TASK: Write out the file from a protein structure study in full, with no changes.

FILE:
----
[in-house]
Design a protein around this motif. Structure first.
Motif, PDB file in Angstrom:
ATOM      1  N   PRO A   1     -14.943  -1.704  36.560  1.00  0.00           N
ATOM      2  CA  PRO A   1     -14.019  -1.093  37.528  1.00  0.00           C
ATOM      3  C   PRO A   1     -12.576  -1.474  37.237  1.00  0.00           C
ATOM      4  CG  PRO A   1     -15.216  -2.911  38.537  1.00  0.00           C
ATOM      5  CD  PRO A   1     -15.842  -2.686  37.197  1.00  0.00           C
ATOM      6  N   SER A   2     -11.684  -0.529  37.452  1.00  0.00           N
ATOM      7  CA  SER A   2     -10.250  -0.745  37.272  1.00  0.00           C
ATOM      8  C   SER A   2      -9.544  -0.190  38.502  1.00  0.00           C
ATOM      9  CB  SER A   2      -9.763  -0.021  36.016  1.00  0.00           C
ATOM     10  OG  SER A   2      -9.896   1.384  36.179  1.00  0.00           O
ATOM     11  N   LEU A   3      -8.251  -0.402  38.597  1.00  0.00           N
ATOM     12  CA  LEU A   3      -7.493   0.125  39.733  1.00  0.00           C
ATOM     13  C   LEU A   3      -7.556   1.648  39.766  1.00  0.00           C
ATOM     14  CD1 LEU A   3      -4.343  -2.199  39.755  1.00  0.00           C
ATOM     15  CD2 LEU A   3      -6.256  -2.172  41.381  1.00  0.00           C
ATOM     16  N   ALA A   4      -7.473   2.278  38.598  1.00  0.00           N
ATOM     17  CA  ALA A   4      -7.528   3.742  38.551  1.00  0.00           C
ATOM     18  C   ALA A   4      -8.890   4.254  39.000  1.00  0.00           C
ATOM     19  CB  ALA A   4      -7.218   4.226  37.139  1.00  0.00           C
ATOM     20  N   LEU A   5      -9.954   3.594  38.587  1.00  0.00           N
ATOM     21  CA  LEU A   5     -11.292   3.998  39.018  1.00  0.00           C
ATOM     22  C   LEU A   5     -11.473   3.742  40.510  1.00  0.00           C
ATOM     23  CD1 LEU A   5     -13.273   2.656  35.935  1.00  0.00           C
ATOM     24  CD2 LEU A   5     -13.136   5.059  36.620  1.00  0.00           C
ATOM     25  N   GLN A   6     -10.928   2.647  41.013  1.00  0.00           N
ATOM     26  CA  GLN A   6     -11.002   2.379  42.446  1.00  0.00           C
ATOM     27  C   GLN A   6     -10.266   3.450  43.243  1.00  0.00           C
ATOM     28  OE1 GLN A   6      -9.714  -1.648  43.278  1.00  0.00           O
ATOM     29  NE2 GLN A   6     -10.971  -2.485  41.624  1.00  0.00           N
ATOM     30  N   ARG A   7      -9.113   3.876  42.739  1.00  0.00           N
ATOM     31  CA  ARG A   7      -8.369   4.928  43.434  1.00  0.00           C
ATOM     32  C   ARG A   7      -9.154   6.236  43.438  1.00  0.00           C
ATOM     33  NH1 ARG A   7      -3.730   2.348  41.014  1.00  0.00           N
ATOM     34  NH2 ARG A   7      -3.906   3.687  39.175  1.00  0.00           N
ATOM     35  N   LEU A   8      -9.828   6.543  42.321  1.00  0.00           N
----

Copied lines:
[in-house]
Design a protein around this motif. Structure first.
Motif, PDB file in Angstrom:
ATOM      1  N   PRO A   1     -14.943  -1.704  36.560  1.00  0.00           N
ATOM      2  CA  PRO A   1     -14.019  -1.093  37.528  1.00  0.00           C
ATOM      3  C   PRO A   1     -12.576  -1.474  37.237  1.00  0.00           C
ATOM      4  CG  PRO A   1     -15.216  -2.911  38.537  1.00  0.00           C
ATOM      5  CD  PRO A   1     -15.842  -2.686  37.197  1.00  0.00           C
ATOM      6  N   SER A   2     -11.684  -0.529  37.452  1.00  0.00           N
ATOM      7  CA  SER A   2     -10.250  -0.745  37.272  1.00  0.00           C
ATOM      8  C   SER A   2      -9.544  -0.190  38.502  1.00  0.00           C
ATOM      9  CB  SER A   2      -9.763  -0.021  36.016  1.00  0.00           C
ATOM     10  OG  SER A   2      -9.896   1.384  36.179  1.00  0.00           O
ATOM     11  N   LEU A   3      -8.251  -0.402  38.597  1.00  0.00           N
ATOM     12  CA  LEU A   3      -7.493   0.125  39.733  1.00  0.00           C
ATOM     13  C   LEU A   3      -7.556   1.648  39.766  1.00  0.00           C
ATOM     14  CD1 LEU A   3      -4.343  -2.199  39.755  1.00  0.00           C
ATOM     15  CD2 LEU A   3      -6.256  -2.172  41.381  1.00  0.00           C
ATOM     16  N   ALA A   4      -7.473   2.278  38.598  1.00  0.00           N
ATOM     17  CA  ALA A   4      -7.528   3.742  38.551  1.00  0.00           C
ATOM     18  C   ALA A   4      -8.890   4.254  39.000  1.00  0.00           C
ATOM     19  CB  ALA A   4      -7.218   4.226  37.139  1.00  0.00           C
ATOM     20  N   LEU A   5      -9.954   3.594  38.587  1.00  0.00           N
ATOM     21  CA  LEU A   5     -11.292   3.998  39.018  1.00  0.00           C
ATOM     22  C   LEU A   5     -11.473   3.742  40.510  1.00  0.00           C
ATOM     23  CD1 LEU A   5     -13.273   2.656  35.935  1.00  0.00           C
ATOM     24  CD2 LEU A   5     -13.136   5.059  36.620  1.00  0.00           C
ATOM     25  N   GLN A   6     -10.928   2.647  41.013  1.00  0.00           N
ATOM     26  CA  GLN A   6     -11.002   2.379  42.446  1.00  0.00           C
ATOM     27  C   GLN A   6     -10.266   3.450  43.243  1.00  0.00           C
ATOM     28  OE1 GLN A   6      -9.714  -1.648  43.278  1.00  0.00           O
ATOM     29  NE2 GLN A   6     -10.971  -2.485  41.624  1.00  0.00           N
ATOM     30  N   ARG A   7      -9.113   3.876  42.739  1.00  0.00           N
ATOM     31  CA  ARG A   7      -8.369   4.928  43.434  1.00  0.00           C
ATOM     32  C   ARG A   7      -9.154   6.236  43.438  1.00  0.00           C
ATOM     33  NH1 ARG A   7      -3.730   2.348  41.014  1.00  0.00           N
ATOM     34  NH2 ARG A   7      -3.906   3.687  39.175  1.00  0.00           N
ATOM     35  N   LEU A   8      -9.828   6.543  42.321  1.00  0.00           N